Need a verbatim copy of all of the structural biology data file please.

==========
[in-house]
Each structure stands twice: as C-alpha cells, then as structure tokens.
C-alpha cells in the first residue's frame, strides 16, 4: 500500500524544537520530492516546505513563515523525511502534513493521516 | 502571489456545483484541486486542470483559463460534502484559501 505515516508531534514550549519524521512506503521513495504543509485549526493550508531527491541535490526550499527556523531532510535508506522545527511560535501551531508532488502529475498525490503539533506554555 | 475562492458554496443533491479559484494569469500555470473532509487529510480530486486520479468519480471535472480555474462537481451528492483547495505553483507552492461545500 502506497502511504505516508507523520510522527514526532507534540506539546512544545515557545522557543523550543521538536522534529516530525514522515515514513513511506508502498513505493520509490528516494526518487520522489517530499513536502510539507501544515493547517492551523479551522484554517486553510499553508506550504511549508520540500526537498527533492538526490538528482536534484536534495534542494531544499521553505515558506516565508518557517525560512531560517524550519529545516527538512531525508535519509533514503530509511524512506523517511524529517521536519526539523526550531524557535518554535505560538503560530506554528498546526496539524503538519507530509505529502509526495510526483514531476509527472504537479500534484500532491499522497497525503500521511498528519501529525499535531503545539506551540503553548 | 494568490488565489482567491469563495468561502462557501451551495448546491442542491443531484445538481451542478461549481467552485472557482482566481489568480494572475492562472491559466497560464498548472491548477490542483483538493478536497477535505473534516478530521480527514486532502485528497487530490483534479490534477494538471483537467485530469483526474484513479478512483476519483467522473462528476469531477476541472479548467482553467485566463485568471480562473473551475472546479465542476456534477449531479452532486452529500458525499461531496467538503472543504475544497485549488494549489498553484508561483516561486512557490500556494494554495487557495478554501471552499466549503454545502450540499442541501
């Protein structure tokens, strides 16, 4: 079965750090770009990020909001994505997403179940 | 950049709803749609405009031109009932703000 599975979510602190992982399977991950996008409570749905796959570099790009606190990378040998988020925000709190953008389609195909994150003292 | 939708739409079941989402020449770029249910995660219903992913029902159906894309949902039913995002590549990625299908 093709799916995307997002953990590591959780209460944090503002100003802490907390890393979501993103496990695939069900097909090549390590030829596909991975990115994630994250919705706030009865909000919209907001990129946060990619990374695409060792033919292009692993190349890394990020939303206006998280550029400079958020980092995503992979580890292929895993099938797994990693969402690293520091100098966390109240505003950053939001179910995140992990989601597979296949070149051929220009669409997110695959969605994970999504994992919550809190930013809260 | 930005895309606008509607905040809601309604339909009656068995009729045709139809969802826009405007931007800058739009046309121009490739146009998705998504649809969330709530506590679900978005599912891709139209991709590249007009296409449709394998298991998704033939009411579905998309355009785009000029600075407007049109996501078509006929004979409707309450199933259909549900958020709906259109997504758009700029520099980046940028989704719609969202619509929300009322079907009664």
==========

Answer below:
[in-house]
Each structure stands twice: as C-alpha cells, then as structure tokens.
C-alpha cells in the first residue's frame, strides 16, 4: 500500500524544537520530492516546505513563515523525511502534513493521516 | 502571489456545483484541486486542470483559463460534502484559501 505515516508531534514550549519524521512506503521513495504543509485549526493550508531527491541535490526550499527556523531532510535508506522545527511560535501551531508532488502529475498525490503539533506554555 | 475562492458554496443533491479559484494569469500555470473532509487529510480530486486520479468519480471535472480555474462537481451528492483547495505553483507552492461545500 502506497502511504505516508507523520510522527514526532507534540506539546512544545515557545522557543523550543521538536522534529516530525514522515515514513513511506508502498513505493520509490528516494526518487520522489517530499513536502510539507501544515493547517492551523479551522484554517486553510499553508506550504511549508520540500526537498527533492538526490538528482536534484536534495534542494531544499521553505515558506516565508518557517525560512531560517524550519529545516527538512531525508535519509533514503530509511524512506523517511524529517521536519526539523526550531524557535518554535505560538503560530506554528498546526496539524503538519507530509505529502509526495510526483514531476509527472504537479500534484500532491499522497497525503500521511498528519501529525499535531503545539506551540503553548 | 494568490488565489482567491469563495468561502462557501451551495448546491442542491443531484445538481451542478461549481467552485472557482482566481489568480494572475492562472491559466497560464498548472491548477490542483483538493478536497477535505473534516478530521480527514486532502485528497487530490483534479490534477494538471483537467485530469483526474484513479478512483476519483467522473462528476469531477476541472479548467482553467485566463485568471480562473473551475472546479465542476456534477449531479452532486452529500458525499461531496467538503472543504475544497485549488494549489498553484508561483516561486512557490500556494494554495487557495478554501471552499466549503454545502450540499442541501
């Protein structure tokens, strides 16, 4: 079965750090770009990020909001994505997403179940 | 950049709803749609405009031109009932703000 599975979510602190992982399977991950996008409570749905796959570099790009606190990378040998988020925000709190953008389609195909994150003292 | 939708739409079941989402020449770029249910995660219903992913029902159906894309949902039913995002590549990625299908 093709799916995307997002953990590591959780209460944090503002100003802490907390890393979501993103496990695939069900097909090549390590030829596909991975990115994630994250919705706030009865909000919209907001990129946060990619990374695409060792033919292009692993190349890394990020939303206006998280550029400079958020980092995503992979580890292929895993099938797994990693969402690293520091100098966390109240505003950053939001179910995140992990989601597979296949070149051929220009669409997110695959969605994970999504994992919550809190930013809260 | 930005895309606008509607905040809601309604339909009656068995009729045709139809969802826009405007931007800058739009046309121009490739146009998705998504649809969330709530506590679900978005599912891709139209991709590249007009296409449709394998298991998704033939009411579905998309355009785009000029600075407007049109996501078509006929004979409707309450199933259909549900958020709906259109997504758009700029520099980046940028989704719609969202619509929300009322079907009664």